Internal Parasites – Prevention is Better than Cure

September 15, 2008 by  
Filed under Pet Birds

Pet birds that were healthy when bought from a reputable breeder and are kept caged or indoors, are likely to remain healthy if provided with an appropriate diet and suitable housing that is cleaned regularly. It is a good idea though, for bird owners to be aware of various ailments that birds are susceptible to, as the earlier a problem is spotted, the more successfully it can be dealt with. As is the case with mammals and reptiles, birds can be adversely affected by parasites, both internal and external. While the adverse effects of external parasites may be visibly evident, internal parasites can do quite a bit of harm before it becomes apparent that the bird is unwell.

Nematodes, also referred to as roundworms, are most commonly found in the intestinal tract. The bird becomes infected by ingesting the eggs, which may be found in contaminated food or water, as well as on toys or soil. The eggs hatch in the bird, and the larvae develop into adults which go on to produce more eggs, which in turn are passed in the feces, thereby contaminating the environment. The bird, or its companions, may then ingest the eggs, starting the cycle all over again. Infested birds typically appear to be in ill health, have stunted growth and suffer from diarrhea. Worms may be seen in the feces, but an examination of fecal matter under a microscope is the best option for an accurate diagnosis. There are a number of medications used to treat nematodes, and an avian veterinarian must be consulted in this regard.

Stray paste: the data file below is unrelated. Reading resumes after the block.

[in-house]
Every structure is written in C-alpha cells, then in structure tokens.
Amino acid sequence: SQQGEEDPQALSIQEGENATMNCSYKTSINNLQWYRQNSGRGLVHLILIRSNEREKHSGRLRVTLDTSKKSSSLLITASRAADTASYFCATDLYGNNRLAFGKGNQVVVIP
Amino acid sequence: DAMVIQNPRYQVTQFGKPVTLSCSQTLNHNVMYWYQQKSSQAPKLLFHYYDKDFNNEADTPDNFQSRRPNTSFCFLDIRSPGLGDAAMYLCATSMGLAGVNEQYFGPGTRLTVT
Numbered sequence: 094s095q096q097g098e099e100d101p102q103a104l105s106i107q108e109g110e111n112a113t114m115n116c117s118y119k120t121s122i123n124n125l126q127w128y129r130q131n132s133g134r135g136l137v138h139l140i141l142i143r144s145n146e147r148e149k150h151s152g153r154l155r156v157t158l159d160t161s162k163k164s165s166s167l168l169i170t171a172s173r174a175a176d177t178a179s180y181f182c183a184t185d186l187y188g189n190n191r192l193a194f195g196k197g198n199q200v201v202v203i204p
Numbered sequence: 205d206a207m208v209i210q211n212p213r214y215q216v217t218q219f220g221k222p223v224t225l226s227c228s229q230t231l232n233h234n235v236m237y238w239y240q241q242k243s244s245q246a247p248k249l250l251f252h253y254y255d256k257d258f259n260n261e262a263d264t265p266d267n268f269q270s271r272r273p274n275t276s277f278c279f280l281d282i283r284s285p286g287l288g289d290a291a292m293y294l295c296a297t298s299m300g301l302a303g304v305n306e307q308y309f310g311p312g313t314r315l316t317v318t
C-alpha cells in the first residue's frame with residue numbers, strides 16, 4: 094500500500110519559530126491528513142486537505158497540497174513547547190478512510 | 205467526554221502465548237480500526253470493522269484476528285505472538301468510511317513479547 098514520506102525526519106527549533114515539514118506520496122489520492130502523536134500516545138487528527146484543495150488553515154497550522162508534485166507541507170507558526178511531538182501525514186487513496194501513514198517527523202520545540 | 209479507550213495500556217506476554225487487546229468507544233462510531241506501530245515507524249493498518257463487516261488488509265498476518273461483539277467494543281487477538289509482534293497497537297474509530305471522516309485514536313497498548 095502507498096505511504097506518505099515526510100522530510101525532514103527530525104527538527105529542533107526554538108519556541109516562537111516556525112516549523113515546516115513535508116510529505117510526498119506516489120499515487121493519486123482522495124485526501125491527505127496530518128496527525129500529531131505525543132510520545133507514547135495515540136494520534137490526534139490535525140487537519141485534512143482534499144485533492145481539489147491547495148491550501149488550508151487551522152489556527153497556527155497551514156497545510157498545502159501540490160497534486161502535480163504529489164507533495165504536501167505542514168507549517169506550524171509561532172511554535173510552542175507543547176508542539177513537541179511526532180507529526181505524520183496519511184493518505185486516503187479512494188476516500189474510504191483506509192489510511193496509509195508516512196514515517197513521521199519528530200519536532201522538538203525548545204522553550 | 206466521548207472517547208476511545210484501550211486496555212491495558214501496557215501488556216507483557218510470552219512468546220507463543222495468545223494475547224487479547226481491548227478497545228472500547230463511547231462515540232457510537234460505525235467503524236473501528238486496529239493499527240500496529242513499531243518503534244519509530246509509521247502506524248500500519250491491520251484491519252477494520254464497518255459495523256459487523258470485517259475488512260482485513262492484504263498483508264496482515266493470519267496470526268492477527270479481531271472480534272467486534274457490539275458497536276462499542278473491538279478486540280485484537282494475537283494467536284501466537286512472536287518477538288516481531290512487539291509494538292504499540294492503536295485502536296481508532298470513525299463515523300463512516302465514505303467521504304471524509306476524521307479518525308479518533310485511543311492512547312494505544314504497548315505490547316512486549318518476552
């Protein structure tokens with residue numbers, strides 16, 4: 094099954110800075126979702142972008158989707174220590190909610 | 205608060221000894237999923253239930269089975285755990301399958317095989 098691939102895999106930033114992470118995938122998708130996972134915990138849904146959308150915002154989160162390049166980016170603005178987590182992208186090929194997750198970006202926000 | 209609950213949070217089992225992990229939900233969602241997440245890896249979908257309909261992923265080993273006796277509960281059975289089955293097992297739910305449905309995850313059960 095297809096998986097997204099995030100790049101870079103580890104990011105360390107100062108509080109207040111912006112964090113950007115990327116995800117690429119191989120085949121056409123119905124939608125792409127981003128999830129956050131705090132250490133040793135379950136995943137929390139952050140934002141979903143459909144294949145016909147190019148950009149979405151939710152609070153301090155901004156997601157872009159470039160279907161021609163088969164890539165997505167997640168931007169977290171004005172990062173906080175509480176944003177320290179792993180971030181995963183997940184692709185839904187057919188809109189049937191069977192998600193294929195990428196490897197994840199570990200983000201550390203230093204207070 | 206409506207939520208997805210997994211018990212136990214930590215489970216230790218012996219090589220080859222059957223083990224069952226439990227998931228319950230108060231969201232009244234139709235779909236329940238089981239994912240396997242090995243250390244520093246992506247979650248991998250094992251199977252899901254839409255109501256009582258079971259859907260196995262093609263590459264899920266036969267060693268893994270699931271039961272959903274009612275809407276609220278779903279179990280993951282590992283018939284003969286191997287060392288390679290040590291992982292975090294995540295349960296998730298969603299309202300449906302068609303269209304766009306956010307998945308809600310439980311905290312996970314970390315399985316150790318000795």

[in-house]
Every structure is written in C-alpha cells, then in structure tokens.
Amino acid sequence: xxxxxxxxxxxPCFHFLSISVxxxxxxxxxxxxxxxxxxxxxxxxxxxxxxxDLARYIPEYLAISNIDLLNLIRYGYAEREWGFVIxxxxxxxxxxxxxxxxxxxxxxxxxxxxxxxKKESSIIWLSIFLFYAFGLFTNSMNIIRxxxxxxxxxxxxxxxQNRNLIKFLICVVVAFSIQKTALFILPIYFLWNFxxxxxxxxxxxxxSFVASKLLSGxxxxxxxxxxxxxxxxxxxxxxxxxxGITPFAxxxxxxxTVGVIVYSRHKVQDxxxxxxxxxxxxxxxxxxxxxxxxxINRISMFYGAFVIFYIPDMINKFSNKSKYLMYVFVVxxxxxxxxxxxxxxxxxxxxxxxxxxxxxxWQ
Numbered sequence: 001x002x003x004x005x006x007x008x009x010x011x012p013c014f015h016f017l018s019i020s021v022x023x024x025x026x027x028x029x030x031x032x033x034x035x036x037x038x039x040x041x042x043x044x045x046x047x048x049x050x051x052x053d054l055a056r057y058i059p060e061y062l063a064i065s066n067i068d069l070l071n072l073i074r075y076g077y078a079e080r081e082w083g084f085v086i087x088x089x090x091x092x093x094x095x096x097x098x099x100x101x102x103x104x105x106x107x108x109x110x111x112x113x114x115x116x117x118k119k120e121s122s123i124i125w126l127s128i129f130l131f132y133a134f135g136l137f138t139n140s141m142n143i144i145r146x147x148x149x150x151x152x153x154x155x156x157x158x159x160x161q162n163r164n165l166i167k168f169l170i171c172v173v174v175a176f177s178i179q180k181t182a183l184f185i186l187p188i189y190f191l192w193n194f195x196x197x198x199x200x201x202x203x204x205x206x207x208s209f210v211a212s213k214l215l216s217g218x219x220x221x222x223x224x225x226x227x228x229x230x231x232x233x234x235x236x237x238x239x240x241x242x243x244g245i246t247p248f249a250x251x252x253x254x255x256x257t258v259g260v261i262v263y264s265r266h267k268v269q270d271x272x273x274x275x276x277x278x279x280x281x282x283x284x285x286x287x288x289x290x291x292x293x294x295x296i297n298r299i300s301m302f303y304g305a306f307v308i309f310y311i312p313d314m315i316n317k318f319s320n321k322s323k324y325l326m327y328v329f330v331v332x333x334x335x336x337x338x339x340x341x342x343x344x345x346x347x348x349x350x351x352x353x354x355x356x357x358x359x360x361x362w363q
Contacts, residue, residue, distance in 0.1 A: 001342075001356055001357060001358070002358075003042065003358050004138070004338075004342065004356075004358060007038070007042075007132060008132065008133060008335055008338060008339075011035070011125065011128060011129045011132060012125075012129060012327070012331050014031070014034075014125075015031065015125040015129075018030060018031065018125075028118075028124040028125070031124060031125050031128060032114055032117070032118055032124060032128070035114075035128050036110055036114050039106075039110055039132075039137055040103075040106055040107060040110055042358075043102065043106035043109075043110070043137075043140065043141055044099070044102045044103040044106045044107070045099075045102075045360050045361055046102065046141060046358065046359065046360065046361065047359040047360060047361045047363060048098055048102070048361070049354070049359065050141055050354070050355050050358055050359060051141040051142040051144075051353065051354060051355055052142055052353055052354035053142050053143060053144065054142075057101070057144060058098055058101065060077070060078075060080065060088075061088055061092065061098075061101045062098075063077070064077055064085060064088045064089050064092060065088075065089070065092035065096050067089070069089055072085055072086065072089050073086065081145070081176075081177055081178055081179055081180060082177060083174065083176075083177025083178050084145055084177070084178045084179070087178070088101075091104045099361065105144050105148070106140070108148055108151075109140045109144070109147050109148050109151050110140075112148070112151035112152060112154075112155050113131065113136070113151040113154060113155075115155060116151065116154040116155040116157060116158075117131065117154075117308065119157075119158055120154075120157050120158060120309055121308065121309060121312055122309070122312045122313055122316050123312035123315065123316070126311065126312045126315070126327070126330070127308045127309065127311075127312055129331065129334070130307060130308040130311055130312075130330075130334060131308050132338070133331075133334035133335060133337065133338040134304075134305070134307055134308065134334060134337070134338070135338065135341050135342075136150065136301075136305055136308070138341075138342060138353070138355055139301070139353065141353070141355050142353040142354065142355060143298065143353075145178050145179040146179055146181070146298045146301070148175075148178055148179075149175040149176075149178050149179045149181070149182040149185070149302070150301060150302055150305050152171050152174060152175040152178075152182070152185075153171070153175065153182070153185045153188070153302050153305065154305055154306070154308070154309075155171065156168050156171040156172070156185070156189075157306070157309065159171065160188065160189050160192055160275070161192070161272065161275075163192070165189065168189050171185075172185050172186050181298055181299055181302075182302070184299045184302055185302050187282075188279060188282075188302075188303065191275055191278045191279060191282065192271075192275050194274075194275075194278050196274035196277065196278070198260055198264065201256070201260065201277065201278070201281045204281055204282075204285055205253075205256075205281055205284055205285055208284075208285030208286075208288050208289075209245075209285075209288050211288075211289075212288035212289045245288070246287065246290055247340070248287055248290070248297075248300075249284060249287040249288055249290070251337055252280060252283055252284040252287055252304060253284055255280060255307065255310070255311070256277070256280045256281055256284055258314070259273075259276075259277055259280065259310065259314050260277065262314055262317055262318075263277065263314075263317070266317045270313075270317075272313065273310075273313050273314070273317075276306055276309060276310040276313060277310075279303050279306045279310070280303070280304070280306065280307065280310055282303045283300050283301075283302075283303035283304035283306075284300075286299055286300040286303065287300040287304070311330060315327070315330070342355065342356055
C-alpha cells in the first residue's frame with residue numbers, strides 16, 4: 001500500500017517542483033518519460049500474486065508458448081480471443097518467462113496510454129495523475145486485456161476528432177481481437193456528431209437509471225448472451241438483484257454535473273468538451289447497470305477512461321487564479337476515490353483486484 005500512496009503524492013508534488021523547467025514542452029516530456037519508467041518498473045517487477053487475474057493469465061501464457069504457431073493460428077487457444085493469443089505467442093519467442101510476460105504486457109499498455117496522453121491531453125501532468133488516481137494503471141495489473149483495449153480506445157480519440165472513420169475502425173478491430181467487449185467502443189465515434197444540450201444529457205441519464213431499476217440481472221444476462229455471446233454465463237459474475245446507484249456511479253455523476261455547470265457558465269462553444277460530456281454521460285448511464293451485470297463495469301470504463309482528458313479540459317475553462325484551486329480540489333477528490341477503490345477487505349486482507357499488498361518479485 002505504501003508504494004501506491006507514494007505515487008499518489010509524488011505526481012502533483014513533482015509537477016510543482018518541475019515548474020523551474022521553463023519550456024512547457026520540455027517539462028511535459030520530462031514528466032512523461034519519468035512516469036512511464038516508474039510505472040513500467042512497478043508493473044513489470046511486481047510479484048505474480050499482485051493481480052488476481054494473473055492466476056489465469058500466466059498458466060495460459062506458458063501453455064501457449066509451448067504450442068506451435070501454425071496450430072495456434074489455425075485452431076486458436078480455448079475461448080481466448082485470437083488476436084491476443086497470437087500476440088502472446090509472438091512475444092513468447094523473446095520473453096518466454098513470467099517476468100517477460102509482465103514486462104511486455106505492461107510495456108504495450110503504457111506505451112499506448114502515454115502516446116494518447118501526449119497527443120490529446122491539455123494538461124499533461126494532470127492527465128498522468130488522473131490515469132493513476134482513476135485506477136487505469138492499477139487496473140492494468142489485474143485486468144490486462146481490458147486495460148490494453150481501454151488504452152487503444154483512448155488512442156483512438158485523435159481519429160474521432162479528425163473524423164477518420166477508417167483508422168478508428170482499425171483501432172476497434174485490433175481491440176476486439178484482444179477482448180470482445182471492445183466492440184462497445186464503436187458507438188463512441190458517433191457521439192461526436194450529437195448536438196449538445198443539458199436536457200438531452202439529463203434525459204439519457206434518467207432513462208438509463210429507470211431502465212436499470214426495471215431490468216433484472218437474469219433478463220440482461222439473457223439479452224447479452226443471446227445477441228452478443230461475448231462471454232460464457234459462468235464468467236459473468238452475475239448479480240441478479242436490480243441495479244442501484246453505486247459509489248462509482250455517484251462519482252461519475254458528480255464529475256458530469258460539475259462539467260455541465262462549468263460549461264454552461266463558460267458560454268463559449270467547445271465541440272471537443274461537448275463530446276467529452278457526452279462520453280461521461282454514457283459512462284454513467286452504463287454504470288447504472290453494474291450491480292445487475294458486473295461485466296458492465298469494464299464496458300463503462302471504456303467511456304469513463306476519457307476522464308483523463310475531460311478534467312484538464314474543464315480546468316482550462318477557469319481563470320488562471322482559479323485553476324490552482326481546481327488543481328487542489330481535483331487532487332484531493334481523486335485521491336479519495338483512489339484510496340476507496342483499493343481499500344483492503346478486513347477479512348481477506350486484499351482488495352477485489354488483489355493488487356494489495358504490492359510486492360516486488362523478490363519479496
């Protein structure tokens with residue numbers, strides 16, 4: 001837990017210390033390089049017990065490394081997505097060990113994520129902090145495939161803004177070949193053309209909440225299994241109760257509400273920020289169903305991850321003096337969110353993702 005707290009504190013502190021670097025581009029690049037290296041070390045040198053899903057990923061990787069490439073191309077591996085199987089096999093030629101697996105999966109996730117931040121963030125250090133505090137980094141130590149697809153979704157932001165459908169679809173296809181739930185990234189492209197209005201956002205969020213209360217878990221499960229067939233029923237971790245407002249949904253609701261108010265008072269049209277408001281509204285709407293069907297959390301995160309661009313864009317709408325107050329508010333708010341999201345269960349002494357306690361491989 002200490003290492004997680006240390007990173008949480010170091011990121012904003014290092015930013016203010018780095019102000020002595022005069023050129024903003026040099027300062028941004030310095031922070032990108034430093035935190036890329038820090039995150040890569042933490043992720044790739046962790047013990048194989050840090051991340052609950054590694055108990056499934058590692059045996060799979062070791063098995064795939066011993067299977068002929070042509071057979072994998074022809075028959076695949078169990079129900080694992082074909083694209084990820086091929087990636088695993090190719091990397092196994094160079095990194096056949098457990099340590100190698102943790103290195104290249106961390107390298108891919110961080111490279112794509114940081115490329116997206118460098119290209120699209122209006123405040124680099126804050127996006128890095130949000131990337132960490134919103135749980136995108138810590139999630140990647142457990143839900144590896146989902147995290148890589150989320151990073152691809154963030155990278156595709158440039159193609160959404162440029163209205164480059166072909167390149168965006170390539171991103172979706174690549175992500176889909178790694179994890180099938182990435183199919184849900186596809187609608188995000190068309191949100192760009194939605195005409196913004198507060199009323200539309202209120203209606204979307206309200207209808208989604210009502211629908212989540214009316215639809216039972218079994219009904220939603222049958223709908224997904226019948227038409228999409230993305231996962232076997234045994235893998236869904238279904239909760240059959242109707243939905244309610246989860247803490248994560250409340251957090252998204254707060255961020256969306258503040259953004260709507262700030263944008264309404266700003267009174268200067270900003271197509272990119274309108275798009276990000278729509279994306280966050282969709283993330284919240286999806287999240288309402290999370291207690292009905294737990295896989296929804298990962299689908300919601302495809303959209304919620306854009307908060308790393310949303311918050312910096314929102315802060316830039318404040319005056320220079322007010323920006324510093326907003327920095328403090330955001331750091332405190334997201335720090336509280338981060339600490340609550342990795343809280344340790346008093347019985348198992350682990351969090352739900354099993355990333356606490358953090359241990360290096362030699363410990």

Caged pet birds are unlikely to become infected with trematodes (flukes) and cestodes (tapeworms) as these parasites have an indirect life cycle which requires a third party such as an earthworm or a snail to act as intermediate host. The bird becomes infested when it eats the intermediate host which has previously eaten the parasite egg.

The diverse group of protozoan parasites includes coccidian and Giardia which cause diarrhea and blood-tinged feces. To make an accurate diagnosis the avian veterinarian will need to examine a fresh fecal sample. Another protozoan parasite is Cryptosporidia, which attacks the cells of the intestinal and respiratory tracts. Symptoms include severe diarrhea, coughing and nasal discharge. As yet, an effective treatment for Cryptosporidia is not available.

Measures that should be taken to prevent any illness in your pet bird include cleaning cages daily, and washing all items that have fecal matter on them, including food and water dishes, toys and perches. In the wild, a bird can move away from its fecal matter, but when a bird is in a cage it is the owner’s responsibility to move its fecal matter away from the bird. Become familiar with your bird’s behavior and eating habits, as any change could indicate a health problem. Remember, prevention really is better than cure.

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